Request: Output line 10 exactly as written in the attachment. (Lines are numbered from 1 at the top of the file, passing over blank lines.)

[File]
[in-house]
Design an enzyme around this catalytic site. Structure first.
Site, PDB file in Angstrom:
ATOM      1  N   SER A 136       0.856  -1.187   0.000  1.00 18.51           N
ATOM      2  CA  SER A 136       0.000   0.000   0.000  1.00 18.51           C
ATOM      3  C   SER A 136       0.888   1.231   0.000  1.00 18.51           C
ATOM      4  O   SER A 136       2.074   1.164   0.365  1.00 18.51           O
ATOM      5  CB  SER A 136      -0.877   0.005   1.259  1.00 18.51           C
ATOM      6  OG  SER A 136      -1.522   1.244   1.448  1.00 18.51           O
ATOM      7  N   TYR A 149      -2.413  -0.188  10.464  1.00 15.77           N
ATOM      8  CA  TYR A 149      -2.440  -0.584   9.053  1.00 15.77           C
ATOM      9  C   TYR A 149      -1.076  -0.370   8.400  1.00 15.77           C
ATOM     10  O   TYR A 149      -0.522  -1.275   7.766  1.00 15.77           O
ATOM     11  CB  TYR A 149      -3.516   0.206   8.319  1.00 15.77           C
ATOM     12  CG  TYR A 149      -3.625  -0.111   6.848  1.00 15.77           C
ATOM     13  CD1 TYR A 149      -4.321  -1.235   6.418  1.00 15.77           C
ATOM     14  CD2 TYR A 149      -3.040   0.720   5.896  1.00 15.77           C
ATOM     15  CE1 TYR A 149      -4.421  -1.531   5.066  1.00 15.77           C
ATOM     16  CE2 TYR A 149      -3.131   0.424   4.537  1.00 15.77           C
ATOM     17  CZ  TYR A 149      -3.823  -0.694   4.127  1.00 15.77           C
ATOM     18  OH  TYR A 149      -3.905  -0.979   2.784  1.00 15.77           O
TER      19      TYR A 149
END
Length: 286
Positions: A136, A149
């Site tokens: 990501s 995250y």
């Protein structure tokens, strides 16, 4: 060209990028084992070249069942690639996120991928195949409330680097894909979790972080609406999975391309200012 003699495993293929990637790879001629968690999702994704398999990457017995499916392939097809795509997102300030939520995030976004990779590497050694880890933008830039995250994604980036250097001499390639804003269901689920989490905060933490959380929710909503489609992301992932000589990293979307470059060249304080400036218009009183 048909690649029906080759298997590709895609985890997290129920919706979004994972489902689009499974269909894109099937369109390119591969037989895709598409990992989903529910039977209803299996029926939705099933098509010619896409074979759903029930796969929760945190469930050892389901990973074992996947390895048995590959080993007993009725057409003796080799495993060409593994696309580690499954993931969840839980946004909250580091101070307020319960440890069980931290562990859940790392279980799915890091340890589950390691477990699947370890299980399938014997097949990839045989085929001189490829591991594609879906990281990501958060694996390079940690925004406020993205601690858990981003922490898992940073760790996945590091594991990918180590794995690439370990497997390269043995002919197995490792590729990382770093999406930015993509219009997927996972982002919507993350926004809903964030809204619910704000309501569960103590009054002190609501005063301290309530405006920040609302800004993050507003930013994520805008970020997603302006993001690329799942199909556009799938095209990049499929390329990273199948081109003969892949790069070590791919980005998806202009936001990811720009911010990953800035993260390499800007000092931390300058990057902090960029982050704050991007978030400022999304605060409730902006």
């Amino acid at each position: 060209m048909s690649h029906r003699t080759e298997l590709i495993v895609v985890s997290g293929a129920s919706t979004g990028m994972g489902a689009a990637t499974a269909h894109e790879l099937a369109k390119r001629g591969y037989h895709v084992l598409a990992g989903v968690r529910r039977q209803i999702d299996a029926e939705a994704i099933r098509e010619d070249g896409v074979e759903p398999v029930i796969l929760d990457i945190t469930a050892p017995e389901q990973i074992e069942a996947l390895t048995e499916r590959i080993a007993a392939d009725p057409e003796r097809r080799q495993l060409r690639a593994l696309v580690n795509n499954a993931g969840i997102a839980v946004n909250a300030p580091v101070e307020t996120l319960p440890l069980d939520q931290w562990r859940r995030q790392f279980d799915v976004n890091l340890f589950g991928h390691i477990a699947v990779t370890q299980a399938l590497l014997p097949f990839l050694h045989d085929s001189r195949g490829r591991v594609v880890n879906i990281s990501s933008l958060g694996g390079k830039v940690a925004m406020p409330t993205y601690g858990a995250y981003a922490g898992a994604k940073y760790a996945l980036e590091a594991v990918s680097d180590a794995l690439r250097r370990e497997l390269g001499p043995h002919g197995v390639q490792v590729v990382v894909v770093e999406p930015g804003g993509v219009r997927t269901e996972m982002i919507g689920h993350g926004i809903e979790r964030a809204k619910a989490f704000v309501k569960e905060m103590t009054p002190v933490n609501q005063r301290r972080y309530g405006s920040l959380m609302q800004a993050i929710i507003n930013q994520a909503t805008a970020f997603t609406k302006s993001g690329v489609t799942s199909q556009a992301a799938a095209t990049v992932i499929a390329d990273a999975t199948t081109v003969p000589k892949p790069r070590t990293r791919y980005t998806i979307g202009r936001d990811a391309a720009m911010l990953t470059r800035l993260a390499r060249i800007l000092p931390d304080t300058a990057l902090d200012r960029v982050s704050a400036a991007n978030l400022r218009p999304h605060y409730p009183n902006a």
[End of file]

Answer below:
ATOM      7  N   TYR A 149      -2.413  -0.188  10.464  1.00 15.77           N